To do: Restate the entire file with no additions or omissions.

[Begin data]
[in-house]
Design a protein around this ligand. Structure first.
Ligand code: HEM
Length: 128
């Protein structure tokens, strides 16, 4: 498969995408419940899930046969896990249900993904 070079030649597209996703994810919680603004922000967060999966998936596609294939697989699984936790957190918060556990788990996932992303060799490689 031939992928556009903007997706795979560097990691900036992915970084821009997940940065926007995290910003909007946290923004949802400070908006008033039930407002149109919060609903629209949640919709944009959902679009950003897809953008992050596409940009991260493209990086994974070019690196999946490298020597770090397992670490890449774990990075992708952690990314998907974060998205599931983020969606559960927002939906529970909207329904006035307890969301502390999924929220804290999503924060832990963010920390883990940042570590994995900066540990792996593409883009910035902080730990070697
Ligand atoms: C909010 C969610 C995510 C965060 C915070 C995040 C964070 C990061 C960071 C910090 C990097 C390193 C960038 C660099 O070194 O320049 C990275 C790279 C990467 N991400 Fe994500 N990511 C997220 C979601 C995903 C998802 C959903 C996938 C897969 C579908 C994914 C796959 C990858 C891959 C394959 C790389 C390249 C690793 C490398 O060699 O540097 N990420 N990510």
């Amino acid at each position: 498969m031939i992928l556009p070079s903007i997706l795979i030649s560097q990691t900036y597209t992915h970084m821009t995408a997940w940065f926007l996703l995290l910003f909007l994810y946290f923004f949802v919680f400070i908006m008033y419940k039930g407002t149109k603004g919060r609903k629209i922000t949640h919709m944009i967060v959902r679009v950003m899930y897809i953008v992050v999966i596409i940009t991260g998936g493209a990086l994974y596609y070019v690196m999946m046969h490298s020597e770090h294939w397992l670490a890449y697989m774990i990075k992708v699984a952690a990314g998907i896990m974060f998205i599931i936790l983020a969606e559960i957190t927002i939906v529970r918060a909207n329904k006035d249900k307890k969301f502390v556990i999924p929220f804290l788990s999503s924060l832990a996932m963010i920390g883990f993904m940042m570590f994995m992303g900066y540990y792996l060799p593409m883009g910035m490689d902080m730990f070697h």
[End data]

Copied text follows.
[in-house]
Design a protein around this ligand. Structure first.
Ligand code: HEM
Length: 128
């Protein structure tokens, strides 16, 4: 498969995408419940899930046969896990249900993904 070079030649597209996703994810919680603004922000967060999966998936596609294939697989699984936790957190918060556990788990996932992303060799490689 031939992928556009903007997706795979560097990691900036992915970084821009997940940065926007995290910003909007946290923004949802400070908006008033039930407002149109919060609903629209949640919709944009959902679009950003897809953008992050596409940009991260493209990086994974070019690196999946490298020597770090397992670490890449774990990075992708952690990314998907974060998205599931983020969606559960927002939906529970909207329904006035307890969301502390999924929220804290999503924060832990963010920390883990940042570590994995900066540990792996593409883009910035902080730990070697
Ligand atoms: C909010 C969610 C995510 C965060 C915070 C995040 C964070 C990061 C960071 C910090 C990097 C390193 C960038 C660099 O070194 O320049 C990275 C790279 C990467 N991400 Fe994500 N990511 C997220 C979601 C995903 C998802 C959903 C996938 C897969 C579908 C994914 C796959 C990858 C891959 C394959 C790389 C390249 C690793 C490398 O060699 O540097 N990420 N990510």
């Amino acid at each position: 498969m031939i992928l556009p070079s903007i997706l795979i030649s560097q990691t900036y597209t992915h970084m821009t995408a997940w940065f926007l996703l995290l910003f909007l994810y946290f923004f949802v919680f400070i908006m008033y419940k039930g407002t149109k603004g919060r609903k629209i922000t949640h919709m944009i967060v959902r679009v950003m899930y897809i953008v992050v999966i596409i940009t991260g998936g493209a990086l994974y596609y070019v690196m999946m046969h490298s020597e770090h294939w397992l670490a890449y697989m774990i990075k992708v699984a952690a990314g998907i896990m974060f998205i599931i936790l983020a969606e559960i957190t927002i939906v529970r918060a909207n329904k006035d249900k307890k969301f502390v556990i999924p929220f804290l788990s999503s924060l832990a996932m963010i920390g883990f993904m940042m570590f994995m992303g900066y540990y792996l060799p593409m883009g910035m490689d902080m730990f070697h």